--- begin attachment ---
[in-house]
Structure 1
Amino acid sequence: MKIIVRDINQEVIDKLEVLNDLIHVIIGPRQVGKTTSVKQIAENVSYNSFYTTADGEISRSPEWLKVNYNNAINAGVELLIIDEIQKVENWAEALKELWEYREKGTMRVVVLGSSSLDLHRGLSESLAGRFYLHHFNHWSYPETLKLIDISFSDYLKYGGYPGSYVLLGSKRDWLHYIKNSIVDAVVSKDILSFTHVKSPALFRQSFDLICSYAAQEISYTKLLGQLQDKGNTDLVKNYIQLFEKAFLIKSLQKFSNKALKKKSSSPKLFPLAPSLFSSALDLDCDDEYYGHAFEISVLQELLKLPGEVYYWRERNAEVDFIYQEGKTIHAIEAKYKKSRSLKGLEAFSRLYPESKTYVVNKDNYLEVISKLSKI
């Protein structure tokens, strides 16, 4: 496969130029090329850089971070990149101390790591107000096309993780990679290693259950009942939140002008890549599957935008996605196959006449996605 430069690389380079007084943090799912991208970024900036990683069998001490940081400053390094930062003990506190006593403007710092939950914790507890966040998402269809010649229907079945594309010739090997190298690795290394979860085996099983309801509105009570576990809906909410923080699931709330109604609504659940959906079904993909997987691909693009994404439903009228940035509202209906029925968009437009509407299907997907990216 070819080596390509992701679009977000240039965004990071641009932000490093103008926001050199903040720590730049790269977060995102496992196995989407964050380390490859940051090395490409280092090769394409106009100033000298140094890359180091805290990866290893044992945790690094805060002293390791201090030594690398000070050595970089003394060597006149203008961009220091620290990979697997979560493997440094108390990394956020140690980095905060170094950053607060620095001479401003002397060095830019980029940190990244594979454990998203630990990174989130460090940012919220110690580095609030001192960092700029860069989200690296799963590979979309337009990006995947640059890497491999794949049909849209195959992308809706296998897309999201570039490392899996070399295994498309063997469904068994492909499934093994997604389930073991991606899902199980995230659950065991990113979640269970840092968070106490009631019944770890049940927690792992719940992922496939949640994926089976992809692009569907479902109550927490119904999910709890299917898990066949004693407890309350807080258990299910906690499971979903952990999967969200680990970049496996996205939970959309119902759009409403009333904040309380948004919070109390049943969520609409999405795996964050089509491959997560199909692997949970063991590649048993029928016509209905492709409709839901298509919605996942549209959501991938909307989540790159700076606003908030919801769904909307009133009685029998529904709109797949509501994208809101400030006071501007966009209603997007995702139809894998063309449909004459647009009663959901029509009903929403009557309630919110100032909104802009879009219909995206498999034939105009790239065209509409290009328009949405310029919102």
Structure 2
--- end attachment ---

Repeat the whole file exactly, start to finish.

[in-house]
Structure 1
Amino acid sequence: MKIIVRDINQEVIDKLEVLNDLIHVIIGPRQVGKTTSVKQIAENVSYNSFYTTADGEISRSPEWLKVNYNNAINAGVELLIIDEIQKVENWAEALKELWEYREKGTMRVVVLGSSSLDLHRGLSESLAGRFYLHHFNHWSYPETLKLIDISFSDYLKYGGYPGSYVLLGSKRDWLHYIKNSIVDAVVSKDILSFTHVKSPALFRQSFDLICSYAAQEISYTKLLGQLQDKGNTDLVKNYIQLFEKAFLIKSLQKFSNKALKKKSSSPKLFPLAPSLFSSALDLDCDDEYYGHAFEISVLQELLKLPGEVYYWRERNAEVDFIYQEGKTIHAIEAKYKKSRSLKGLEAFSRLYPESKTYVVNKDNYLEVISKLSKI
């Protein structure tokens, strides 16, 4: 496969130029090329850089971070990149101390790591107000096309993780990679290693259950009942939140002008890549599957935008996605196959006449996605 430069690389380079007084943090799912991208970024900036990683069998001490940081400053390094930062003990506190006593403007710092939950914790507890966040998402269809010649229907079945594309010739090997190298690795290394979860085996099983309801509105009570576990809906909410923080699931709330109604609504659940959906079904993909997987691909693009994404439903009228940035509202209906029925968009437009509407299907997907990216 070819080596390509992701679009977000240039965004990071641009932000490093103008926001050199903040720590730049790269977060995102496992196995989407964050380390490859940051090395490409280092090769394409106009100033000298140094890359180091805290990866290893044992945790690094805060002293390791201090030594690398000070050595970089003394060597006149203008961009220091620290990979697997979560493997440094108390990394956020140690980095905060170094950053607060620095001479401003002397060095830019980029940190990244594979454990998203630990990174989130460090940012919220110690580095609030001192960092700029860069989200690296799963590979979309337009990006995947640059890497491999794949049909849209195959992308809706296998897309999201570039490392899996070399295994498309063997469904068994492909499934093994997604389930073991991606899902199980995230659950065991990113979640269970840092968070106490009631019944770890049940927690792992719940992922496939949640994926089976992809692009569907479902109550927490119904999910709890299917898990066949004693407890309350807080258990299910906690499971979903952990999967969200680990970049496996996205939970959309119902759009409403009333904040309380948004919070109390049943969520609409999405795996964050089509491959997560199909692997949970063991590649048993029928016509209905492709409709839901298509919605996942549209959501991938909307989540790159700076606003908030919801769904909307009133009685029998529904709109797949509501994208809101400030006071501007966009209603997007995702139809894998063309449909004459647009009663959901029509009903929403009557309630919110100032909104802009879009219909995206498999034939105009790239065209509409290009328009949405310029919102």
Structure 2